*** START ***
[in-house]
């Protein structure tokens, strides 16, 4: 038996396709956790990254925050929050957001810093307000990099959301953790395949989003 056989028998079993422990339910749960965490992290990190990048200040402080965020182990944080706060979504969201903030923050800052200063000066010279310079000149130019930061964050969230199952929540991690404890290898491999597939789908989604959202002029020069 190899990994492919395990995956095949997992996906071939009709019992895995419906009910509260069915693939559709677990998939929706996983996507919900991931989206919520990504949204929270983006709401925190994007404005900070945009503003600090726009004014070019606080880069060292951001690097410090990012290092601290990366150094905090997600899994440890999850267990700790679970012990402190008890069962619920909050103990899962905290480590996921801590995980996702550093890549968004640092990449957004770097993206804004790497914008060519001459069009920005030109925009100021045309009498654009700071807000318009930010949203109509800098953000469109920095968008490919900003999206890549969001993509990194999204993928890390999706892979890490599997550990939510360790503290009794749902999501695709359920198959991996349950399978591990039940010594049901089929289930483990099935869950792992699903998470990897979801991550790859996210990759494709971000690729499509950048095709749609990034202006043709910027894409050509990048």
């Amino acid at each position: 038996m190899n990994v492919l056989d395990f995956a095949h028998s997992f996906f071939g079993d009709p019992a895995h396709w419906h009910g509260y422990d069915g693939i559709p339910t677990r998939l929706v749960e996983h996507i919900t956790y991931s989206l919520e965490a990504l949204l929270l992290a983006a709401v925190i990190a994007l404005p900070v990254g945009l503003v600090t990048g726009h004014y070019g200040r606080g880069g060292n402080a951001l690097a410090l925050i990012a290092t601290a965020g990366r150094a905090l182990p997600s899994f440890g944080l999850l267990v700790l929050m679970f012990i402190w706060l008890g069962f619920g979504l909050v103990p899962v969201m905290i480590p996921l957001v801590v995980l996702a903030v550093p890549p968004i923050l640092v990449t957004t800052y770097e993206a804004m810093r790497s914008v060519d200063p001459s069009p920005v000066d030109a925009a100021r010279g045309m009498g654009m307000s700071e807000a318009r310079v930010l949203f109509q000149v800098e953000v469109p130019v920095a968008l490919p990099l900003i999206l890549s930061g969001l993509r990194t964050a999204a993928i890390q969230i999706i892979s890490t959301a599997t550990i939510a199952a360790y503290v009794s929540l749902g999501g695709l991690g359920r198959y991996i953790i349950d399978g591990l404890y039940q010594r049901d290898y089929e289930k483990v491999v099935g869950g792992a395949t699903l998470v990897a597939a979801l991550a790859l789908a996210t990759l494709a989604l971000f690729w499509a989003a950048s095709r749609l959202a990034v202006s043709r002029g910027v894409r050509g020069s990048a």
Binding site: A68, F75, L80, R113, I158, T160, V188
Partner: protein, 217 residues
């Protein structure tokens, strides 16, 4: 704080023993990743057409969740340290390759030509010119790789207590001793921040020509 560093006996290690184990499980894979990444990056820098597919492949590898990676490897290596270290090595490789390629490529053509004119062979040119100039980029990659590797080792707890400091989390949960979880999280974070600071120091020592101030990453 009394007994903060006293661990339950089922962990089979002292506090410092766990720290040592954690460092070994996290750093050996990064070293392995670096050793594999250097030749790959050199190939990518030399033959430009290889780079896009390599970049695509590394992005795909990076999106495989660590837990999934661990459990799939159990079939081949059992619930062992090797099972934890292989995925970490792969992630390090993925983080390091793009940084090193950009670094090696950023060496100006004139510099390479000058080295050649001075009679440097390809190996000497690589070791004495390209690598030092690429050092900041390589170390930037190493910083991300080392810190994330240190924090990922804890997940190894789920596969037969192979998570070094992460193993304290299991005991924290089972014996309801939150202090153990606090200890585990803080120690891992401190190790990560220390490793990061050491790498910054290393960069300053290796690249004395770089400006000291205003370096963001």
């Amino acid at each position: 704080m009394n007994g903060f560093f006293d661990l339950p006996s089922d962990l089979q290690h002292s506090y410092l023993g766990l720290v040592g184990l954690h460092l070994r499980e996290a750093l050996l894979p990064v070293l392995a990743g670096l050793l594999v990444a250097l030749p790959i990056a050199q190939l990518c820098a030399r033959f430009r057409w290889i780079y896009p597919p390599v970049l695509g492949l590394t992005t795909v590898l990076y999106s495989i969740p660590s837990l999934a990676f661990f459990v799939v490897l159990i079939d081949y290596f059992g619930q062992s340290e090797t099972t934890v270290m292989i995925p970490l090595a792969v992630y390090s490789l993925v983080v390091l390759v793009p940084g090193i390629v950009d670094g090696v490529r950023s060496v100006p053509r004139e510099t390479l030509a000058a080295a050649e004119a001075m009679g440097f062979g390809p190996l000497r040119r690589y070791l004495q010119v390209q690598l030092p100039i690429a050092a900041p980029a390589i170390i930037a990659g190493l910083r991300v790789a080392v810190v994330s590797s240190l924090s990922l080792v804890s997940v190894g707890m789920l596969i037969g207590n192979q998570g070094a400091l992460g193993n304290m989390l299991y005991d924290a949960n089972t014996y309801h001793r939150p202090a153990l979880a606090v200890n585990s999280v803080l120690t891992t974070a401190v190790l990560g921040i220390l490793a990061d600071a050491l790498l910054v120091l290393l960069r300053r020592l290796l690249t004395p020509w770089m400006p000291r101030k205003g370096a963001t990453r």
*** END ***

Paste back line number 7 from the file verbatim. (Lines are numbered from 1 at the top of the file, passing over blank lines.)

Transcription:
């Amino acid at each position: 704080m009394n007994g903060f560093f006293d661990l339950p006996s089922d962990l089979q290690h002292s506090y410092l023993g766990l720290v040592g184990l954690h460092l070994r499980e996290a750093l050996l894979p990064v070293l392995a990743g670096l050793l594999v990444a250097l030749p790959i990056a050199q190939l990518c820098a030399r033959f430009r057409w290889i780079y896009p597919p390599v970049l695509g492949l590394t992005t795909v590898l990076y999106s495989i969740p660590s837990l999934a990676f661990f459990v799939v490897l159990i079939d081949y290596f059992g619930q062992s340290e090797t099972t934890v270290m292989i995925p970490l090595a792969v992630y390090s490789l993925v983080v390091l390759v793009p940084g090193i390629v950009d670094g090696v490529r950023s060496v100006p053509r004139e510099t390479l030509a000058a080295a050649e004119a001075m009679g440097f062979g390809p190996l000497r040119r690589y070791l004495q010119v390209q690598l030092p100039i690429a050092a900041p980029a390589i170390i930037a990659g190493l910083r991300v790789a080392v810190v994330s590797s240190l924090s990922l080792v804890s997940v190894g707890m789920l596969i037969g207590n192979q998570g070094a400091l992460g193993n304290m989390l299991y005991d924290a949960n089972t014996y309801h001793r939150p202090a153990l979880a606090v200890n585990s999280v803080l120690t891992t974070a401190v190790l990560g921040i220390l490793a990061d600071a050491l790498l910054v120091l290393l960069r300053r020592l290796l690249t004395p020509w770089m400006p000291r101030k205003g370096a963001t990453r």